• Issue Advocacy: Create
    • Provide value to your followers by tweeting useful information and links  
      • Consider your unique value
      • Set a tone 
      • Brainstorm topics
      • Constantly be on the lookout for news
    41
  • @CDCemergency CDC Emergency is creating great content that people find valuable as evidenced by their nearly 600,000 followers. They Tweet information about the Pandemic Flu and other relevant information about public health emergencies.
  • Issue Advocacy: Engage
    • Twitter is a conversation tool not a broadcast tool. Participate in the conversation around your issue
      • Use @replies to participate in the discussion
      • Respond to people
      • Create conversations
    42
  • @LIVESTRONG LIVESTRONG does and excellent job engaging their supporters, replying to their tweets, retweeting relevant information and providing value to their followers. They promote conversation about cancer on their Twitter handle, causing widespread support in the Twitter community.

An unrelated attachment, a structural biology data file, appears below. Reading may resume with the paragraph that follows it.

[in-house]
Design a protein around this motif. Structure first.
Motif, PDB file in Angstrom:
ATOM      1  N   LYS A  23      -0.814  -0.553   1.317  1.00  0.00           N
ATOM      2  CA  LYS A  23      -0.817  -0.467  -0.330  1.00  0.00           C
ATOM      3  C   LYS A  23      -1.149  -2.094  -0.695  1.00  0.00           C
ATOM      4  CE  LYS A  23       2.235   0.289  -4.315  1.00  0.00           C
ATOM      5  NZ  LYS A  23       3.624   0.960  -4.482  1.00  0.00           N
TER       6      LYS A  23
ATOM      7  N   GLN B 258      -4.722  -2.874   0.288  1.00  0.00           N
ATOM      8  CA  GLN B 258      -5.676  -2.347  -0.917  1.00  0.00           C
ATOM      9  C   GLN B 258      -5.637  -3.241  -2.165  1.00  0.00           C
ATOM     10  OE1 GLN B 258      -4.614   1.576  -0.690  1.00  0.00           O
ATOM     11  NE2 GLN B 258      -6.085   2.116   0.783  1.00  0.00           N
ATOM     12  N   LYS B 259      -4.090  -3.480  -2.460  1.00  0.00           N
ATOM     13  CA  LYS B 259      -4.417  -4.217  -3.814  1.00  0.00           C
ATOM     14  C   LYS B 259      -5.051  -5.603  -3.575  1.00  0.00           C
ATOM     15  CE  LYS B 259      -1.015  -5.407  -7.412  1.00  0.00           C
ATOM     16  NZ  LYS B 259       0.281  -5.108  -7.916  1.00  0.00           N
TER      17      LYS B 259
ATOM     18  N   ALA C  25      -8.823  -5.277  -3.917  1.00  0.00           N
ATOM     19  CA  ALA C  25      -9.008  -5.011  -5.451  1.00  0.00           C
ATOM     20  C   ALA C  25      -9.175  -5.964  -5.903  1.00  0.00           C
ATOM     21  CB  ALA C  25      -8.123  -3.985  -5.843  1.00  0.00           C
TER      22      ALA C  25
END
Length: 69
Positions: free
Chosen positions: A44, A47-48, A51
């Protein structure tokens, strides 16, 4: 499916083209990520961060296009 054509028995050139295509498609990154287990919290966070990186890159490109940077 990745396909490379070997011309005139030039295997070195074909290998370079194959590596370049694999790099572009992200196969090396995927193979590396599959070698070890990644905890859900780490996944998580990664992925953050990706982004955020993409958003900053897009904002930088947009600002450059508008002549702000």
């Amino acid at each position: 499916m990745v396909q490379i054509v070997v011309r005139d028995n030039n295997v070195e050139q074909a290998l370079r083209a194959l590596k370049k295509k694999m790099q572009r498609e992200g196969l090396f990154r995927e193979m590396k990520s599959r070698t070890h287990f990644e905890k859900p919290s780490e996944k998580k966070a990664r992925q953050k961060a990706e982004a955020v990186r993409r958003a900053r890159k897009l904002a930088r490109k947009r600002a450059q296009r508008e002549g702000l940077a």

• #BlameDrewsCancer BlameDrewsCancer is a hashtag that a recently diagnosed cancer patient, Drew Olanoff created to “beat up on cancer”. The hashtag turned into a humorous trend on twitter with everyone blaming Drew’s cancer for their problems. He recently partnered with LIVESTRONG and is trying to find a sponsor to donate a dollar to the organization for every #blamedrewscancer tweet.
  • Twitter Best Practices
  • Twitter Do’s
    • DO create a strategy for engaging in Twitter. Know what you want to achieve before you start